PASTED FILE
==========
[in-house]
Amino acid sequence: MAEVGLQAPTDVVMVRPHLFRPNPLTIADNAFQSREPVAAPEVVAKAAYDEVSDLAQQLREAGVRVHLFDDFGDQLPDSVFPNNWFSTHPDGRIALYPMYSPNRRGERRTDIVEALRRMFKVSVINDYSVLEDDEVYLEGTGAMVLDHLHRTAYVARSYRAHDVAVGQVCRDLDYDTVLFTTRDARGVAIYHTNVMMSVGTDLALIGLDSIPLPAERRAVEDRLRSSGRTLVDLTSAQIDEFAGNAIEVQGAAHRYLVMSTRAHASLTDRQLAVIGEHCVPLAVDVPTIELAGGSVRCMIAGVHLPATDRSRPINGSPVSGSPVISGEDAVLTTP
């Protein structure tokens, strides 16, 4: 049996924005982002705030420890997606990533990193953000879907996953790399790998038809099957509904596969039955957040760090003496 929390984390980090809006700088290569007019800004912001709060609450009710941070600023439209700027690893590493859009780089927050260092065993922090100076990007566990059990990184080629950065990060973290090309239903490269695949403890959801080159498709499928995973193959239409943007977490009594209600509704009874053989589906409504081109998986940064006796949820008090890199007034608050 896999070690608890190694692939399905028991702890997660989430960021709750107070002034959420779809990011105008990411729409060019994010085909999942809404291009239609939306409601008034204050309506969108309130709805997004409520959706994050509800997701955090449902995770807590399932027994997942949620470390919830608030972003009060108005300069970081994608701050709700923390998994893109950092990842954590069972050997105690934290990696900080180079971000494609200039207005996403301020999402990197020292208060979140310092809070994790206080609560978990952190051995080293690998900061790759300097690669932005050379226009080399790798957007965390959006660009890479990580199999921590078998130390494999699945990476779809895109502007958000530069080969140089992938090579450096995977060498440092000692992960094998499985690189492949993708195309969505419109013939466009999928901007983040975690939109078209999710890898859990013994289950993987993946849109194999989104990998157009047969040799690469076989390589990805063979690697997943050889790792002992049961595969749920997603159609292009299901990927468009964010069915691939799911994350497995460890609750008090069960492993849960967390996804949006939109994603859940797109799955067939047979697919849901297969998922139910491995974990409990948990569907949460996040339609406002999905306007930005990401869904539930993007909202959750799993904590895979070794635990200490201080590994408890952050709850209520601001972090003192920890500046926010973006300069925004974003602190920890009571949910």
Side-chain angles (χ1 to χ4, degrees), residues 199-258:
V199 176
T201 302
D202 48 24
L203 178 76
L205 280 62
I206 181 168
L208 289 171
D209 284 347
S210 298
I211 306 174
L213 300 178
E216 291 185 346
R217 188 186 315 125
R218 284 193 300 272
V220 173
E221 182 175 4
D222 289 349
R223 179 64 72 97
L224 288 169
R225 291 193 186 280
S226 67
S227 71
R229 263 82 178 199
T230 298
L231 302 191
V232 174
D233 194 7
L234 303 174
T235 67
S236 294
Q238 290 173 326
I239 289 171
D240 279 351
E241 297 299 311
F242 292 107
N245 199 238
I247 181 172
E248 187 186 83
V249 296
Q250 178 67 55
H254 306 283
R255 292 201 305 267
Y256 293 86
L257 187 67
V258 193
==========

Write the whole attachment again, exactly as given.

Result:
[in-house]
Amino acid sequence: MAEVGLQAPTDVVMVRPHLFRPNPLTIADNAFQSREPVAAPEVVAKAAYDEVSDLAQQLREAGVRVHLFDDFGDQLPDSVFPNNWFSTHPDGRIALYPMYSPNRRGERRTDIVEALRRMFKVSVINDYSVLEDDEVYLEGTGAMVLDHLHRTAYVARSYRAHDVAVGQVCRDLDYDTVLFTTRDARGVAIYHTNVMMSVGTDLALIGLDSIPLPAERRAVEDRLRSSGRTLVDLTSAQIDEFAGNAIEVQGAAHRYLVMSTRAHASLTDRQLAVIGEHCVPLAVDVPTIELAGGSVRCMIAGVHLPATDRSRPINGSPVSGSPVISGEDAVLTTP
């Protein structure tokens, strides 16, 4: 049996924005982002705030420890997606990533990193953000879907996953790399790998038809099957509904596969039955957040760090003496 929390984390980090809006700088290569007019800004912001709060609450009710941070600023439209700027690893590493859009780089927050260092065993922090100076990007566990059990990184080629950065990060973290090309239903490269695949403890959801080159498709499928995973193959239409943007977490009594209600509704009874053989589906409504081109998986940064006796949820008090890199007034608050 896999070690608890190694692939399905028991702890997660989430960021709750107070002034959420779809990011105008990411729409060019994010085909999942809404291009239609939306409601008034204050309506969108309130709805997004409520959706994050509800997701955090449902995770807590399932027994997942949620470390919830608030972003009060108005300069970081994608701050709700923390998994893109950092990842954590069972050997105690934290990696900080180079971000494609200039207005996403301020999402990197020292208060979140310092809070994790206080609560978990952190051995080293690998900061790759300097690669932005050379226009080399790798957007965390959006660009890479990580199999921590078998130390494999699945990476779809895109502007958000530069080969140089992938090579450096995977060498440092000692992960094998499985690189492949993708195309969505419109013939466009999928901007983040975690939109078209999710890898859990013994289950993987993946849109194999989104990998157009047969040799690469076989390589990805063979690697997943050889790792002992049961595969749920997603159609292009299901990927468009964010069915691939799911994350497995460890609750008090069960492993849960967390996804949006939109994603859940797109799955067939047979697919849901297969998922139910491995974990409990948990569907949460996040339609406002999905306007930005990401869904539930993007909202959750799993904590895979070794635990200490201080590994408890952050709850209520601001972090003192920890500046926010973006300069925004974003602190920890009571949910």
Side-chain angles (χ1 to χ4, degrees), residues 199-258:
V199 176
T201 302
D202 48 24
L203 178 76
L205 280 62
I206 181 168
L208 289 171
D209 284 347
S210 298
I211 306 174
L213 300 178
E216 291 185 346
R217 188 186 315 125
R218 284 193 300 272
V220 173
E221 182 175 4
D222 289 349
R223 179 64 72 97
L224 288 169
R225 291 193 186 280
S226 67
S227 71
R229 263 82 178 199
T230 298
L231 302 191
V232 174
D233 194 7
L234 303 174
T235 67
S236 294
Q238 290 173 326
I239 289 171
D240 279 351
E241 297 299 311
F242 292 107
N245 199 238
I247 181 172
E248 187 186 83
V249 296
Q250 178 67 55
H254 306 283
R255 292 201 305 267
Y256 293 86
L257 187 67
V258 193